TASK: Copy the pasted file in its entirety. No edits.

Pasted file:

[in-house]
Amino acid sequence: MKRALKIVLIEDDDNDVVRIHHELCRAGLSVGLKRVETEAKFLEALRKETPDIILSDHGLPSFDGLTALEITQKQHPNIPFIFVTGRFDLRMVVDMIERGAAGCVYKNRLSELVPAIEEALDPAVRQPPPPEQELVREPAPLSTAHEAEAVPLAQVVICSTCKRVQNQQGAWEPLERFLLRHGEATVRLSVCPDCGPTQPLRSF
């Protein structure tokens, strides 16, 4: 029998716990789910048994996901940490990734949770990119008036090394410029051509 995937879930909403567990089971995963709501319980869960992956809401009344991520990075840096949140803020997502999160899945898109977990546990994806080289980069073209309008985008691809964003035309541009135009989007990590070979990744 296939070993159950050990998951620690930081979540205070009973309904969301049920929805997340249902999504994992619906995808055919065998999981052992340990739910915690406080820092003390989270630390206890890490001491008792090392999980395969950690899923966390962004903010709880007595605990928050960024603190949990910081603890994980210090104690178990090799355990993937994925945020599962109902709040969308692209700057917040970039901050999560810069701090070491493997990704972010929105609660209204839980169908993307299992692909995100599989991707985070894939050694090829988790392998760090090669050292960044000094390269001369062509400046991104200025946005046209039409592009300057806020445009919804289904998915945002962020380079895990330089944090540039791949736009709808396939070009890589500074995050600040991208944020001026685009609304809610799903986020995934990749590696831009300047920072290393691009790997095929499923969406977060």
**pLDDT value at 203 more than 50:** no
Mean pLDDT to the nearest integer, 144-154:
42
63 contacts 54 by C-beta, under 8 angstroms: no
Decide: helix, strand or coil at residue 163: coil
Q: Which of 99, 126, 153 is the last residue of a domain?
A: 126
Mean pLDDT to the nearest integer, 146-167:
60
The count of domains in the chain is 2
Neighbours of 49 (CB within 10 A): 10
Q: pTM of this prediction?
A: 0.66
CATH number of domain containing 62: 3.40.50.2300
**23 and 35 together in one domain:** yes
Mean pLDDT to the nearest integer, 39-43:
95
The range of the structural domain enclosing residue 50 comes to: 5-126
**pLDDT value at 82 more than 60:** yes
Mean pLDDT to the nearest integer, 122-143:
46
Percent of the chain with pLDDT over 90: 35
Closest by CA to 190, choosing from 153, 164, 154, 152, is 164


[in-house]
Amino acid sequence: MKRALKIVLIEDDDNDVVRIHHELCRAGLSVGLKRVETEAKFLEALRKETPDIILSDHGLPSFDGLTALEITQKQHPNIPFIFVTGRFDLRMVVDMIERGAAGCVYKNRLSELVPAIEEALDPAVRQPPPPEQELVREPAPLSTAHEAEAVPLAQVVICSTCKRVQNQQGAWEPLERFLLRHGEATVRLSVCPDCGPTQPLRSF
């Protein structure tokens, strides 16, 4: 029998716990789910048994996901940490990734949770990119008036090394410029051509 995937879930909403567990089971995963709501319980869960992956809401009344991520990075840096949140803020997502999160899945898109977990546990994806080289980069073209309008985008691809964003035309541009135009989007990590070979990744 296939070993159950050990998951620690930081979540205070009973309904969301049920929805997340249902999504994992619906995808055919065998999981052992340990739910915690406080820092003390989270630390206890890490001491008792090392999980395969950690899923966390962004903010709880007595605990928050960024603190949990910081603890994980210090104690178990090799355990993937994925945020599962109902709040969308692209700057917040970039901050999560810069701090070491493997990704972010929105609660209204839980169908993307299992692909995100599989991707985070894939050694090829988790392998760090090669050292960044000094390269001369062509400046991104200025946005046209039409592009300057806020445009919804289904998915945002962020380079895990330089944090540039791949736009709808396939070009890589500074995050600040991208944020001026685009609304809610799903986020995934990749590696831009300047920072290393691009790997095929499923969406977060």
**pLDDT value at 203 more than 50:** no
Mean pLDDT to the nearest integer, 144-154:
42
63 contacts 54 by C-beta, under 8 angstroms: no
Decide: helix, strand or coil at residue 163: coil
Q: Which of 99, 126, 153 is the last residue of a domain?
A: 126
Mean pLDDT to the nearest integer, 146-167:
60
The count of domains in the chain is 2
Neighbours of 49 (CB within 10 A): 10
Q: pTM of this prediction?
A: 0.66
CATH number of domain containing 62: 3.40.50.2300
**23 and 35 together in one domain:** yes
Mean pLDDT to the nearest integer, 39-43:
95
The range of the structural domain enclosing residue 50 comes to: 5-126
**pLDDT value at 82 more than 60:** yes
Mean pLDDT to the nearest integer, 122-143:
46
Percent of the chain with pLDDT over 90: 35
Closest by CA to 190, choosing from 153, 164, 154, 152, is 164